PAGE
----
Vintage diamonds in 10, 14, 18, and platinum! From the 1800's to the beautiful Art Deco era up to the early 1970's! Lovely and stunning....a must see in person!
Life just keeps getting better! This is a very lovely Art Deco late 1920's to early 1930's platinum diamond ring that shines bright and has the WOW FACTOR!!! The center diamond sparkles like no other and is a .40ct. round transitional cut. She has a wonderful color of H which is on the high scale of near colorless and a clarity of SI1. (Slight Inclusions) She is a great ring size of 6.
On each side she has a small diamond holding the same color of H and clarity of SI1. Has open work on the sides along with an open culet. (The bottom of the diamond is open) She looks like she has a bow appearance on the top and ready to be unwrapped!
Oh, I am so loving this ring! She has a lot of fire to the diamond and is shining bright on a gloomy day. I can get used to platinum real quick! I've had oh so beautiful diamonds but this is exquisite and brilliant! Whoever she goes to, I tell ya she will make one happy gal!!! $2589.00
A transitional cut is a cut that is moving away from the antique "Old European Cut" diamond into today's "Round Brilliant Cut." The Transitionals aren't necessarily always easily identifiable. The new style (late 20's) generally describes a cutting style where the crown and pavilion angles are in the range associated with the modern brilliant, the table size varies from 40 to 60% (depends on who is using the term), but the lower halves are still short. The culet can be non-existent or somewhat large (again, it depends on who is using the term). This style of cutting originated with Henry Morse about 1870 and was the American Cut, Scientific Cut and early version of the Ideal Cut. It went away in the 1940’s, when lower haves were lengthened to the current range of 70% and more (previously 55 to 65% was typical).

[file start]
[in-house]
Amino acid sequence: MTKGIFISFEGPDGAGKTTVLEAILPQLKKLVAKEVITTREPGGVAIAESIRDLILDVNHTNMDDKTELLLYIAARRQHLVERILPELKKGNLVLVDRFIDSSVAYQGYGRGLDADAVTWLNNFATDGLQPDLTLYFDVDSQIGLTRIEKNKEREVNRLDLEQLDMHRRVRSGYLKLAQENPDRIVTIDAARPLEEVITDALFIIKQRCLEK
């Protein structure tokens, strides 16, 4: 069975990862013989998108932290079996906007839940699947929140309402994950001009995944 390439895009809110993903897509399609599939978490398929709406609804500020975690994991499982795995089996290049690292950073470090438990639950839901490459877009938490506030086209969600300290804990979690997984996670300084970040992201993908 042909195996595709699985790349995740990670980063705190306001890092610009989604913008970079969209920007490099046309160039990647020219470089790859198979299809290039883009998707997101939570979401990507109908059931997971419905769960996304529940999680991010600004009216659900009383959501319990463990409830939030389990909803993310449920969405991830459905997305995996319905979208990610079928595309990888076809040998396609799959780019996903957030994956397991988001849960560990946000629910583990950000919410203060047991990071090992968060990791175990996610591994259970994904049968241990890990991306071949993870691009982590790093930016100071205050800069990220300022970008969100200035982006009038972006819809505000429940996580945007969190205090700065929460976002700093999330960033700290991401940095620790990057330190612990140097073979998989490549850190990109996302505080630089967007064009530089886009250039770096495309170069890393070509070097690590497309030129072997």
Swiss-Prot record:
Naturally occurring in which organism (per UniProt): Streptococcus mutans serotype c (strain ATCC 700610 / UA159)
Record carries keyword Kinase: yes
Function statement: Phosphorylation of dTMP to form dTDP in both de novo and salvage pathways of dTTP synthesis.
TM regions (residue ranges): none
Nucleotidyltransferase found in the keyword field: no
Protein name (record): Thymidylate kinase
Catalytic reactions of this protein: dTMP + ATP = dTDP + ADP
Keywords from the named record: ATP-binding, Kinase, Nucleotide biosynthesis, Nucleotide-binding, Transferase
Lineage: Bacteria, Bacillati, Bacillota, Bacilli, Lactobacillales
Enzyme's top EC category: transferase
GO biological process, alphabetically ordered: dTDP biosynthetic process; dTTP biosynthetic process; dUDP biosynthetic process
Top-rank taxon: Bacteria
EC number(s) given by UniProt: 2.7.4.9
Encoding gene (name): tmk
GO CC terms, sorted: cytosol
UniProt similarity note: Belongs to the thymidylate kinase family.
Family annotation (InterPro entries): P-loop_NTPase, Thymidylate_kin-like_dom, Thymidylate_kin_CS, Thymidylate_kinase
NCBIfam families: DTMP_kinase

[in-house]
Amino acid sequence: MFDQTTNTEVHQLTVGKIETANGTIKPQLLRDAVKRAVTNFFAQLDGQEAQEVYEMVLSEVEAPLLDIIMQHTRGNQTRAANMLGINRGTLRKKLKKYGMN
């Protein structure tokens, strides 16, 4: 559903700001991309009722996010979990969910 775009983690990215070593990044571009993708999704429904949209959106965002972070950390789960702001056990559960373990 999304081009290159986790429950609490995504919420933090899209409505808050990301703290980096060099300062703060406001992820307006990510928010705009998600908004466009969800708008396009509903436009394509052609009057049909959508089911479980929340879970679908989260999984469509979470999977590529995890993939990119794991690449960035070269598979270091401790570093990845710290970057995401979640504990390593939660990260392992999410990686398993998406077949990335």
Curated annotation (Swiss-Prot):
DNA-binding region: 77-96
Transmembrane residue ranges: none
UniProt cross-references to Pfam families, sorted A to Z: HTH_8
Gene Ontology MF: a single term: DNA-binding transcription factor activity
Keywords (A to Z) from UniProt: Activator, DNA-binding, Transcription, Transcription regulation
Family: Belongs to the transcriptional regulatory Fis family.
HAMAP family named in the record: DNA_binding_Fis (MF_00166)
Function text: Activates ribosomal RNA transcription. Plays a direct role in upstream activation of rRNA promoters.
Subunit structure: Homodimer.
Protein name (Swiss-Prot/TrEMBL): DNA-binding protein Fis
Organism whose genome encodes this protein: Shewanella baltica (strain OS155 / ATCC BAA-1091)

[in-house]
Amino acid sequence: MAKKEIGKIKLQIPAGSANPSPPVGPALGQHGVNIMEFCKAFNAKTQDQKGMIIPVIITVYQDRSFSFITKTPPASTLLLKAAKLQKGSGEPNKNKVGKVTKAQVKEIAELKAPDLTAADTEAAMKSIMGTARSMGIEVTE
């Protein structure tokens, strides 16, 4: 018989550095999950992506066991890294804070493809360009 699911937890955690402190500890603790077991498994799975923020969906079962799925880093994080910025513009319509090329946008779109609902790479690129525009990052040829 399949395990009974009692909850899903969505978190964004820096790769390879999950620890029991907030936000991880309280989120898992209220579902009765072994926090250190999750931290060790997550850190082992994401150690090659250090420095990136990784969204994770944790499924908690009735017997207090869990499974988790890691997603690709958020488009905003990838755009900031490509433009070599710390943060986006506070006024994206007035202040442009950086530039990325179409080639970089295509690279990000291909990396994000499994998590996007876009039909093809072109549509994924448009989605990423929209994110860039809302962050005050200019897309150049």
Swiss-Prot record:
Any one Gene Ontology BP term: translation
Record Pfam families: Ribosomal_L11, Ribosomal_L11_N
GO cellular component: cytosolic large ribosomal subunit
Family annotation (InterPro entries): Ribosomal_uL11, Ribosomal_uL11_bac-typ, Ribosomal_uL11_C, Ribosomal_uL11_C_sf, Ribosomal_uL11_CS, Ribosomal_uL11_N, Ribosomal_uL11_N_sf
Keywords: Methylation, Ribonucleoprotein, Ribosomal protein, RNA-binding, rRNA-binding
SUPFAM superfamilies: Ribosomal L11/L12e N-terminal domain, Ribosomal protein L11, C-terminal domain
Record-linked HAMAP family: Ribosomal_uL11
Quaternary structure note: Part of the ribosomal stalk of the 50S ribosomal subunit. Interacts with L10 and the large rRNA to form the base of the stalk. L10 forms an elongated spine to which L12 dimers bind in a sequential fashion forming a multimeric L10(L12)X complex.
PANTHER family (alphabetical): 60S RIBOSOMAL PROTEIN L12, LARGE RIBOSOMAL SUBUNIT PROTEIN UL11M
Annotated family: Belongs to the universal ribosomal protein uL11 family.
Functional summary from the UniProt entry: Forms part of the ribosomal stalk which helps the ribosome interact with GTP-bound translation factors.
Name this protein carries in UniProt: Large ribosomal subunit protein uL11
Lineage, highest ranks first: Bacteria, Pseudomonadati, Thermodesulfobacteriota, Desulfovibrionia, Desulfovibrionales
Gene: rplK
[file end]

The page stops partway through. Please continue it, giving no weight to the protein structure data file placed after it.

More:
Platinum is a white metal, but unlike gold it is used in jewelry in almost its pure form (approximately 95% pure). Platinum is extremely long wearing and is very white, so it does not need to be Rhodium plated like white gold.
Platinum is very dense (heavy), so a platinum ring will feel heavier than an 18ct gold ring.
Platinum is, however, very expensive. A platinum ring will be approximately twice the price of an 18ct white gold ring (excluding gemstone costs).